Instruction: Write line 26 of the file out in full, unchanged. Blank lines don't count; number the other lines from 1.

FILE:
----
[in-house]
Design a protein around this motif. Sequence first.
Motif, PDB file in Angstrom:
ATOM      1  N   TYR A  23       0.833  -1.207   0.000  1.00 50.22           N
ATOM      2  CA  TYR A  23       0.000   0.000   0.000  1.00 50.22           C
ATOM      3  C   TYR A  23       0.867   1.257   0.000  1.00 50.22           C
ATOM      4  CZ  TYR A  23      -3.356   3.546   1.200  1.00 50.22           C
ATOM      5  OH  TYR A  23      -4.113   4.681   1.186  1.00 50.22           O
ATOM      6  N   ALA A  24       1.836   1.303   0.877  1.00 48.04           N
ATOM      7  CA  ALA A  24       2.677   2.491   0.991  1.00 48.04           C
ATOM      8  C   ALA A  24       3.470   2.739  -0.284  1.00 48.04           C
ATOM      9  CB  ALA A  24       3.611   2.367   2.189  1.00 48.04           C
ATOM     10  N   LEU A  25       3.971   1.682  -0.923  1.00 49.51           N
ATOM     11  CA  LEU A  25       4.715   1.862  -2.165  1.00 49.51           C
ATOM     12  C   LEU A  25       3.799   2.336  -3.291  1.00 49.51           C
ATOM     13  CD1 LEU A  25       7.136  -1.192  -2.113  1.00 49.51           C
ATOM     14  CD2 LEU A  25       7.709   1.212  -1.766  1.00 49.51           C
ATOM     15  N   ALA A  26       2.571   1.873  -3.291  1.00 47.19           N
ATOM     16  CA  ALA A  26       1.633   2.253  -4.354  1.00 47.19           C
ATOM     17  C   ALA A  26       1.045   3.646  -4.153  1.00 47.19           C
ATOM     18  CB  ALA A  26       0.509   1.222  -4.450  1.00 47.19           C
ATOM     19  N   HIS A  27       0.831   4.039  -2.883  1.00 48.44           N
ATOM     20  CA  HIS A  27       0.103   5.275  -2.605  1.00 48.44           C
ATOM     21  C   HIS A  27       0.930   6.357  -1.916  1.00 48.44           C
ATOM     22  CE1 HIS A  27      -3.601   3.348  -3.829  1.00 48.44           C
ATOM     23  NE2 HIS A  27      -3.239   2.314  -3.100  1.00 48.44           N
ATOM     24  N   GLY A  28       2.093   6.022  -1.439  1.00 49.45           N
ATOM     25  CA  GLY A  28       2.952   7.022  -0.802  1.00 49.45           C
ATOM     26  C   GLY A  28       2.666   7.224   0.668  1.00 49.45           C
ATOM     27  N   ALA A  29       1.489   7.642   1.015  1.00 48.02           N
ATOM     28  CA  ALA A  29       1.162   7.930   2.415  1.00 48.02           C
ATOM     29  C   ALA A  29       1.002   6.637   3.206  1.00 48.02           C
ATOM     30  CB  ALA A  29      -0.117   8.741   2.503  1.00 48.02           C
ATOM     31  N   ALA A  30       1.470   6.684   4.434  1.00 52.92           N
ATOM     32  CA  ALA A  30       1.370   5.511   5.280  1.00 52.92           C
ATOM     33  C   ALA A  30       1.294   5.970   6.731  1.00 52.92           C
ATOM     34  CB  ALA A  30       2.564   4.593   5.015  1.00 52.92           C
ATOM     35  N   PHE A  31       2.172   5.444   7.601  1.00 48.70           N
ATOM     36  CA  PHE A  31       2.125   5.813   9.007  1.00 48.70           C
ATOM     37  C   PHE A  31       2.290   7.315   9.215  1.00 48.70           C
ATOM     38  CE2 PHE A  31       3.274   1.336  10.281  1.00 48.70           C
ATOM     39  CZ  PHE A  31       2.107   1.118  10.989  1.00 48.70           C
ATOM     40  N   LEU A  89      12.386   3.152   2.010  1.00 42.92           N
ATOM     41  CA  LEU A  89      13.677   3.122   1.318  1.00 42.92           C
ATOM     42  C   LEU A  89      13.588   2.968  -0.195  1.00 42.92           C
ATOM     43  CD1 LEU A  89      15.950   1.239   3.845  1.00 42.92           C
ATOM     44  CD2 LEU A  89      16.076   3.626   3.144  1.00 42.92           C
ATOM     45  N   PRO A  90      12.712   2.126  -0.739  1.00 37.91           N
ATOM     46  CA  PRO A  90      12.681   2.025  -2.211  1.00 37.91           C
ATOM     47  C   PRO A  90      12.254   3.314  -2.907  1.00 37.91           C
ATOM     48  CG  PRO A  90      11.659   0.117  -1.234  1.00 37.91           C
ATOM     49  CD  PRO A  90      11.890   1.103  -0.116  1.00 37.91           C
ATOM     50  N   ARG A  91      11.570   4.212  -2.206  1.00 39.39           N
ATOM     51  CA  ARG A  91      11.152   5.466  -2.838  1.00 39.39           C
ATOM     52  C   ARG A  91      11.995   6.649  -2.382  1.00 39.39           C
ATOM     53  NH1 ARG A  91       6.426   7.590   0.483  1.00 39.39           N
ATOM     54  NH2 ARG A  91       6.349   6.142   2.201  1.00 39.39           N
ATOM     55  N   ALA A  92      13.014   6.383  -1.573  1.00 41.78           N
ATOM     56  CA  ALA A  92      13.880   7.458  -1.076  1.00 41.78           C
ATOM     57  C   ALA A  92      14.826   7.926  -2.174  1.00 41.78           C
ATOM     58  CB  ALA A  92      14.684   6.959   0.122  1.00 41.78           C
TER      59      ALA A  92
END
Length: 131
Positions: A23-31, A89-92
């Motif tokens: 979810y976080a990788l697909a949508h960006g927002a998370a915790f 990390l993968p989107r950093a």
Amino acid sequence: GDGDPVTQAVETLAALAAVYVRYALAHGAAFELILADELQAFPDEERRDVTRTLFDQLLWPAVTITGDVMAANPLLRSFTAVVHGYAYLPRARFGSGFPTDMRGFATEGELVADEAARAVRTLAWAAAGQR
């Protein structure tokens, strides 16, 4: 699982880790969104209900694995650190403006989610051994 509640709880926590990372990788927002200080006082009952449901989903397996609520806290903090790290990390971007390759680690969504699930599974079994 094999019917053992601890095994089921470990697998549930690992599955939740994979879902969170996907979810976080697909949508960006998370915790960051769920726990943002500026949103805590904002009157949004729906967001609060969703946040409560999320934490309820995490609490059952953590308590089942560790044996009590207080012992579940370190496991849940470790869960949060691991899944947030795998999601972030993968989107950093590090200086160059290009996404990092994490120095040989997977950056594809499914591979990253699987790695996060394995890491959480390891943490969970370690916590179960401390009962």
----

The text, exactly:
ATOM     23  NE2 HIS A  27      -3.239   2.314  -3.100  1.00 48.44           N